Establishing a multidisciplinary cavernous carotid injury simulation to train neurosurgical, otolaryngology, and anesthesia residents

Brandon Lucke-Wold, Haley E. Gillham, Mark Baskerville, William E. Cameron, Dawn Dillman, Caleb A. Haley, Michele Noles, Donn Spight, Jeremy N. Ciporen

Research output: Contribution to journalArticlepeer-review

Abstract

Carotid artery injuries are serious complications of endoscopic endonasal surgery. As these occur rarely, simulation training offers an avenue for technique and algorithm development in resident learners. This study develops a realistic cadaveric model for the training of crisis resource management in the setting of cavernous carotid artery injury. An expanded endonasal approach and right cavernous carotid injury is performed on a cadaveric head. The cadaver's right common carotid artery is cannulated and connected to a perfusion pump delivering pressurized simulated blood. A simulation mannequin is incorporated into the model to allow for vital sign feedback. Surgical and anesthesia resident learners are tasked with obtaining vascular control with a muscle patch technique and medical management over the course of 3 clinical scenarios with increasing complexity. Crisis management instructions for an endoscopic endonasal approach to the cavernous carotid artery and blood pressure control were provided to the learners prior to beginning the simulation. An independent reviewer evaluated the learners on communication skills, crisis management algorithms, and implementation of appropriate skill sets. After each scenario, residents were debriefed on how to improve technique based on evaluation scores in areas of situational awareness, decision-making, communications and teamwork, and leadership. After the simulation, learners provided feedback on the simulation and this data was used to improve future simulations. The benefit of this cadaveric model is ease of set-up, cost-effectiveness, and reproducibility.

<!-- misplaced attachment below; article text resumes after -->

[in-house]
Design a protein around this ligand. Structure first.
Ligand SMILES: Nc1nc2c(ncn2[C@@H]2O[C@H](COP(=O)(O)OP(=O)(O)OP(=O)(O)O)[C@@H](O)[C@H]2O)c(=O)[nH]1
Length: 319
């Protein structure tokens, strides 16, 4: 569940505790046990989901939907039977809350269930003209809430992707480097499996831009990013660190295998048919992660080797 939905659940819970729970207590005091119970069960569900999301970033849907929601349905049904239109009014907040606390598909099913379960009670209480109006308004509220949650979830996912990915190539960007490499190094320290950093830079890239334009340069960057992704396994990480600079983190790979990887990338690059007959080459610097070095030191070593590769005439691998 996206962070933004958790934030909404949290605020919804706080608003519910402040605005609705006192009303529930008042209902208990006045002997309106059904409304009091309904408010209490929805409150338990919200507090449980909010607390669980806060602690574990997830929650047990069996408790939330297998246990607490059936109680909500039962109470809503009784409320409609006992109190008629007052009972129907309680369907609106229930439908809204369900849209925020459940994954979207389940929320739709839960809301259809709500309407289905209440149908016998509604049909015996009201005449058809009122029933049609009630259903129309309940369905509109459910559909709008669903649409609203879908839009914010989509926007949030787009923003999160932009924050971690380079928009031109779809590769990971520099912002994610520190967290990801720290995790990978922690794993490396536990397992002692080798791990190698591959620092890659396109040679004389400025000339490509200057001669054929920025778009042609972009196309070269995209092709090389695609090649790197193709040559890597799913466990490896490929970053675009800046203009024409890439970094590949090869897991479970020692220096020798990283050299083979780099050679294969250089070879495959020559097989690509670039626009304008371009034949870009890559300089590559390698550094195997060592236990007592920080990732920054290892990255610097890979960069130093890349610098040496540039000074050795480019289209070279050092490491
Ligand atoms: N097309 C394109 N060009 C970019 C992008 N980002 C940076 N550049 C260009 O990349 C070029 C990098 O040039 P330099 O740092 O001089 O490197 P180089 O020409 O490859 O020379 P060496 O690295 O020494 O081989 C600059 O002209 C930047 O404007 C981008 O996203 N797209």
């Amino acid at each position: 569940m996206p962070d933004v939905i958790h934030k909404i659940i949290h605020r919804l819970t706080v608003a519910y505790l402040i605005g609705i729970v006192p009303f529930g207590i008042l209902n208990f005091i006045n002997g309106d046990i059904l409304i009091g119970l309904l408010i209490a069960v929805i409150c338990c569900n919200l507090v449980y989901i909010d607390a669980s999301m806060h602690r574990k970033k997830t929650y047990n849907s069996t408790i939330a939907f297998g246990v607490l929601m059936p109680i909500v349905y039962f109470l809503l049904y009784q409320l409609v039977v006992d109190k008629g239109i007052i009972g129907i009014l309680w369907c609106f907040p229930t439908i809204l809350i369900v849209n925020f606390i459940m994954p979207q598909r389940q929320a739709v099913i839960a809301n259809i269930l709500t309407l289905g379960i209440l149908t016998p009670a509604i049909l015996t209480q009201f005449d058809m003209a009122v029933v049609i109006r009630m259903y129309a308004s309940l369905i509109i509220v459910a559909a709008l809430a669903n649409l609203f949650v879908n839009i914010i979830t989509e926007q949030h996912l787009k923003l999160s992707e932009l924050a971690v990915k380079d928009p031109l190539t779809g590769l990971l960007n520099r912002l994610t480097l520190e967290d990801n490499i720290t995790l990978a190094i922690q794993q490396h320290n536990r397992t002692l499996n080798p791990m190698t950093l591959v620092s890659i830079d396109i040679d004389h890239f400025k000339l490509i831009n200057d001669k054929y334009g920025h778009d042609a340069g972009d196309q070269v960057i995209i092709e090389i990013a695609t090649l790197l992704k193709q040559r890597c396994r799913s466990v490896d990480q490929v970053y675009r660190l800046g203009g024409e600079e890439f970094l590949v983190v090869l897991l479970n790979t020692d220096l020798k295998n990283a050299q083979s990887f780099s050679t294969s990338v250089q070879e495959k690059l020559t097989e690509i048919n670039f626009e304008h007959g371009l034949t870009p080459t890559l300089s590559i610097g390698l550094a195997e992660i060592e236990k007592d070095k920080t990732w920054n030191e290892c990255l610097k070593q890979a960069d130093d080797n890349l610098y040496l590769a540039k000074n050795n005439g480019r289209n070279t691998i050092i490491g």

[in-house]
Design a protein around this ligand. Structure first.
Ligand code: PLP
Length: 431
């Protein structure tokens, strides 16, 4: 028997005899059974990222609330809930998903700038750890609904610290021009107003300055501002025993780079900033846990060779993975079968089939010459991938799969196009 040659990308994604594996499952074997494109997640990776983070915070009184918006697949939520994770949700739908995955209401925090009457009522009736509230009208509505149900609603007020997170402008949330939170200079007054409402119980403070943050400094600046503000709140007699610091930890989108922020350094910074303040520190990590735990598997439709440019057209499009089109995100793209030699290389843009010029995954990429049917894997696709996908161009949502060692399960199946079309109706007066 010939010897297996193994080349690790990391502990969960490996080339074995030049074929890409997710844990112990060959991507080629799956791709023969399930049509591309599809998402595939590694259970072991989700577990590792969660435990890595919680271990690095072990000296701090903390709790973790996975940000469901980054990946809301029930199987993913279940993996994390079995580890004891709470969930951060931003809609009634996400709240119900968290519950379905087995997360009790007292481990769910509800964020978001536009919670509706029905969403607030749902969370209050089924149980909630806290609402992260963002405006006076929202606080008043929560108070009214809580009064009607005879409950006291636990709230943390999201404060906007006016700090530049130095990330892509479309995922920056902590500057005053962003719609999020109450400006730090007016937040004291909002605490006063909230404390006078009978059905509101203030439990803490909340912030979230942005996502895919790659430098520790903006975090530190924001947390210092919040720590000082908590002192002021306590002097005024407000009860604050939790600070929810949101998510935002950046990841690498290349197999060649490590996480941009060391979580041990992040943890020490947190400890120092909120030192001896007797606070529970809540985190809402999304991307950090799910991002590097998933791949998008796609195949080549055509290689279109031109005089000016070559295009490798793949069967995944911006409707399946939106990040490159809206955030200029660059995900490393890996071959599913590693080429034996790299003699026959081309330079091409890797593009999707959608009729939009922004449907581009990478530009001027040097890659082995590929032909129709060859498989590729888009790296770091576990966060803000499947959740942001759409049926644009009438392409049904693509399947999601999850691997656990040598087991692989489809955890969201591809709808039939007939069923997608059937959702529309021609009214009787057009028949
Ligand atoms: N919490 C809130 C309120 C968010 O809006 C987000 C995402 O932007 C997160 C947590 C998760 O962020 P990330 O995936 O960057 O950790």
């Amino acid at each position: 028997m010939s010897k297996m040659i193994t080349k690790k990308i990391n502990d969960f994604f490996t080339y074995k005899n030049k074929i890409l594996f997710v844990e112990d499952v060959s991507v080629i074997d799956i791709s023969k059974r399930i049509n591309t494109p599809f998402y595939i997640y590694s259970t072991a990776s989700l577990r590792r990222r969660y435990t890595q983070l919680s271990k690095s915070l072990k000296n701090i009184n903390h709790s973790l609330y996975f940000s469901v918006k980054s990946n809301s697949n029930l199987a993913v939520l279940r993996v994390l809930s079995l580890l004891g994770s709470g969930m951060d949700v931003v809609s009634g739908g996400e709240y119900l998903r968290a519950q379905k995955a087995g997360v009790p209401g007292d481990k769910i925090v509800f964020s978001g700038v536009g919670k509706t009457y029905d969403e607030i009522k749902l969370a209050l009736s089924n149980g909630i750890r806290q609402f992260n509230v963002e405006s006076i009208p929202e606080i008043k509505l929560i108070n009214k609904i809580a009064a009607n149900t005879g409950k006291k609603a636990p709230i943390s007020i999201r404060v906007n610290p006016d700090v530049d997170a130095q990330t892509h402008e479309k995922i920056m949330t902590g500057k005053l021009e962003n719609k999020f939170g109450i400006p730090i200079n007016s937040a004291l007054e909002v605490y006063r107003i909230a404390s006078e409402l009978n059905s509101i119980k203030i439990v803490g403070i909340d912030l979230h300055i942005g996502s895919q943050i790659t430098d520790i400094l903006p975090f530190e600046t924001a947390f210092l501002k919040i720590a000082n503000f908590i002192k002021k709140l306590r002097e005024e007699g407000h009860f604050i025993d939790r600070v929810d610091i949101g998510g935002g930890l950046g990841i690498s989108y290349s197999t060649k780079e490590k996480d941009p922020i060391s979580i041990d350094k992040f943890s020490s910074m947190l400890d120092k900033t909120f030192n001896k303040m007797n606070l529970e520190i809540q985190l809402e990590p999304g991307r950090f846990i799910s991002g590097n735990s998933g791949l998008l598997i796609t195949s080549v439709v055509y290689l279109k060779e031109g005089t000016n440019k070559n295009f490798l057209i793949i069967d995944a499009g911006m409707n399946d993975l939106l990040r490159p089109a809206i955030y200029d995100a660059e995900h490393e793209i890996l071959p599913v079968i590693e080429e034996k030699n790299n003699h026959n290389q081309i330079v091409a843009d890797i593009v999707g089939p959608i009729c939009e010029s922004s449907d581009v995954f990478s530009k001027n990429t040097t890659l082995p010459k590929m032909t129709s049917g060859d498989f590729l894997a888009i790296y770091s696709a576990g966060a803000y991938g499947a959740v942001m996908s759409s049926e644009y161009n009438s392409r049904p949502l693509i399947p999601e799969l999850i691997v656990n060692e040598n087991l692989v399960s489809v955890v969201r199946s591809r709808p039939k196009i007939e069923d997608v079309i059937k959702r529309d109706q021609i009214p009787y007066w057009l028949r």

Original languageEnglish (US)
Article numbere56403
JournalJournal of Visualized Experiments
Volume2021
Issue number175
DOIs
StatePublished - 2021

ASJC Scopus subject areas

  • Neuroscience(all)
  • Chemical Engineering(all)
  • Biochemistry, Genetics and Molecular Biology(all)
  • Immunology and Microbiology(all)

Fingerprint

Dive into the research topics of 'Establishing a multidisciplinary cavernous carotid injury simulation to train neurosurgical, otolaryngology, and anesthesia residents'. Together they form a unique fingerprint.

Cite this